No Particular Place to Go
So I’m losing my mind the other day (yes, even us mellowed out plant nuts go nuts occasionally), so I head out willy-nilly down good ole Garner Road toward…well…Garner. The redbuds and Mexican plums are blooming their heads off with such enthusiasm that I can even see them “a way off ova yonda.” Windows down, birds are singing, and the cool air feels good as it blasts my hair and beard into the kind of mess that would prompt my mother to lecture this 47-year-old man on the importance of grooming. (Love ya, Mom.)
Lots of plants bloom like braggarts, which is okay because they are truly gorgeous and make us all feel good. (Besides, Dizzy Dean once said, “It ain’t braggin’ if you can do it.”) So along with the spring blow-out of callery pear, forsythia, quince and other assorted harbingers of spring, I take note of one or two yellow blooms off in the bar ditch over there, which prompts me to stop and check it out.
I smile to discover a small native Texas perennial with a tight rosette of thin leaves and inch-a-half-wide cheery yellow flowers gently swaying atop 10-inch-tall peduncles. (Flower stems are technically called peduncles…now isn’t that fun?) The flower petals have four distinct grooves in them, and these grooves are purplish on the underside, which quickly separates this little gem from the vast ocean of yellow wildflowers that are often collectively referred to by plant folks as “DYC’s” (“Darn Yellow Composites.”) Yep, we’re talking about the four nerve daisy, and it’s just begun its blooming season. (It may be botanically referred to as either Hymenoxys scaposa or Tetraneuris scaposa, depending upon the sentimentality of the horticulturist at hand.)
Four nerve daisy is a sweet little native wildflower that is tough enough to squeak out a living in poor-soiled bar ditches and shortgrass escarpment prairies, even during the drought years. But bring her into the garden with a dab of good dirt, a dash of fertilizer, and a dribble of water, and this humble prairie cutie transforms into a genuine garden beauty. Blooming for months on end, she adds a delicate charm to the perennial or cottage garden by forming a soft-textured, softball-sized rosette of wispy leaves and tossing up that lovely halo of always dancing flowers. Like any true southern charmer, she’s right at home in the forefront, and can gently smooth out the hard edges of sidewalks and curbs without growing too far out of bounds.
I fondly remember planting my first four nerve daisy at the Heard Natural Science Museum in McKinney back in 1996. I planted many more with the Applied Learning Academy students up at the north entrance of the Fort Worth Botanic Garden back in 1998, where the swatches we planted still remain, though they’ve shifted a bit to accommodate the sprawl of other plants.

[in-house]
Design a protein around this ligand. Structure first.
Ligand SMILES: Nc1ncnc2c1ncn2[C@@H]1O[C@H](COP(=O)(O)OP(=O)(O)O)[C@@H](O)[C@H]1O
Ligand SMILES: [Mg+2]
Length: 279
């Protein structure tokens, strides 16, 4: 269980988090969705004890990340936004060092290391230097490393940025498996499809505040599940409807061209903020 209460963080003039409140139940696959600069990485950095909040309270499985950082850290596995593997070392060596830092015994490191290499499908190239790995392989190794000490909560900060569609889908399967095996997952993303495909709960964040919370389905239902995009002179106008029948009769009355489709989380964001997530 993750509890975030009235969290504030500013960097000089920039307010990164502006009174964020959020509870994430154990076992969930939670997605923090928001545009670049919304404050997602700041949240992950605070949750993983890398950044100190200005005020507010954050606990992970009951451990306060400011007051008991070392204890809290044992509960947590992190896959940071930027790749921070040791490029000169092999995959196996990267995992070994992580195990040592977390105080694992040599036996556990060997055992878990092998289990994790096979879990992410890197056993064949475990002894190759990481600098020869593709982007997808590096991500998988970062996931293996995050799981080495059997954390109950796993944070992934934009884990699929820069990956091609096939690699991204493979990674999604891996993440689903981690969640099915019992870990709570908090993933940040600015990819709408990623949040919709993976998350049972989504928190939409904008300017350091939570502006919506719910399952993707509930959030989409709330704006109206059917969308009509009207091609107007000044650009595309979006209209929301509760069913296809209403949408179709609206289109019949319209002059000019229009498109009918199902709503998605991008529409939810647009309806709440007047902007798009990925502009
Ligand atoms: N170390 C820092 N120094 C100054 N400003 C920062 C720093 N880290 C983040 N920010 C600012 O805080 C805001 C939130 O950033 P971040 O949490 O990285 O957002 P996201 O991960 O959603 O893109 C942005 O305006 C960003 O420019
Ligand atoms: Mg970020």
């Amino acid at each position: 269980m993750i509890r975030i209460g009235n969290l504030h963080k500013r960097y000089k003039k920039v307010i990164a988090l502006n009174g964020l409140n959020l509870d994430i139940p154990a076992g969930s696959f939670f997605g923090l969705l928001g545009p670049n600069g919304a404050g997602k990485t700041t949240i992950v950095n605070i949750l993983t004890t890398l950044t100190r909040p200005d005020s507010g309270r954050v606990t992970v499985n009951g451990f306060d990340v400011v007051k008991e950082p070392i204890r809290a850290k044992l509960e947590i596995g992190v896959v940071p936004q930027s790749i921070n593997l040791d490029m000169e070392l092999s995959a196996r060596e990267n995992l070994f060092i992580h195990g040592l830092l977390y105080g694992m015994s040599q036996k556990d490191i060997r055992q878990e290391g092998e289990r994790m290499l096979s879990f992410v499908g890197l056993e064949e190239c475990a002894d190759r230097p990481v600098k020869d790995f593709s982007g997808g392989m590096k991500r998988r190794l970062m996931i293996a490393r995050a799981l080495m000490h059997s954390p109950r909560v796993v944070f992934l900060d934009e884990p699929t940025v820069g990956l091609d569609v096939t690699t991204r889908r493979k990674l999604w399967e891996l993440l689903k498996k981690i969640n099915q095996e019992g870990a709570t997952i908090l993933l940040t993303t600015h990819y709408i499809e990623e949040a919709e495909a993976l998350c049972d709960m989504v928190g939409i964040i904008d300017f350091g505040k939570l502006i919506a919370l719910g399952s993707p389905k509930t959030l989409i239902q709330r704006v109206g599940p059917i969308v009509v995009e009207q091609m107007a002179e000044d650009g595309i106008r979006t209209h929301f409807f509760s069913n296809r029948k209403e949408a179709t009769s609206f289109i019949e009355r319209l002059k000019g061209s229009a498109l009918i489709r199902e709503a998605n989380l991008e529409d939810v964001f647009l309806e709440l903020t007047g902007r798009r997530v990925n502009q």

So I hop back into the truck and slide a single flower into my water bottle for safekeeping. I smile as I remember another plant nut who loves this flower, my good friend, Lee Ann Nave, who works over at…ahhh, and now I have a destination—Clark Gardens just down the road in Mineral Wells.
And just in case you’ve never heard of the place, it’s simply amazing. Twelve hundred varieties of iris, the largest EarthKind rose garden anywhere (according to Neil’s long-time friend, Dr. Steve George), ZILLIONS (okay, thousands) of poppies blooming everywhere, and enough flowering spring bulbs to make the good folks at the Dallas Arboretum do a wide-eyed double take. But, my favorite part is the simple fact that you can still shake hands with the amazing Max Clark, the very fellow who, along with his wife Billie, let his personal garden get way out of hand to become this horticultural haven. And you can still scrub the scruff of his constant companion, a sweet Labrador Retriever named “Chocolate,” as they get their nails dirty together everyday in different areas of the garden. It’s rare these days to find such a place or such a person, and you owe yourself a visit before this very sweet Texas springtime turns into summer.
Better yet, come see me at Chandor Gardens in Weatherford in the morning, grab some lunch, then head on out to Clark Gardens to make a day of it. Get all of the info you need at www.chandorgardens.com and www.clarkgardens.com or give me a call at 817-613-1700 and I’ll fill you in.
PS—There’s still time to sign up for horticulture classes at Chandor Gardens! Water Wise Gardening, Butterfly & Hummingbird Gardening, Faux Stone Troughs, Night Hike, and more! Go to www.lifelong.tcu.edu for details!
Chandor Gardens, 711 West Lee Avenue , Weatherford , TX 76086 . From the Metroplex: Take I-20 west to exit 409, turn right on Santa Fe and go 2.1 miles to Lee Avenue . Turn left, go 12 blocks, and you’re driving in the gates.
About the author: Steven L. Chamblee is Chief Horticulturist at Chandor Garden in Weatherford. He is also a contributing editor to Neil Sperry’s GARDENS Magazine, where his writing appears each issue. For more information, visit www.chandorgardens.com.
Classes come to Chandor Gardens! We’re hosting some great classes out here this spring. (There’s still a few spaces left in Water Wise Garden Design!) Go to www.lifelong.tcu.edu to check it out!
Mark your calendars for the Parker County Master Gardeners PLANT SALE on April 21. Details next month.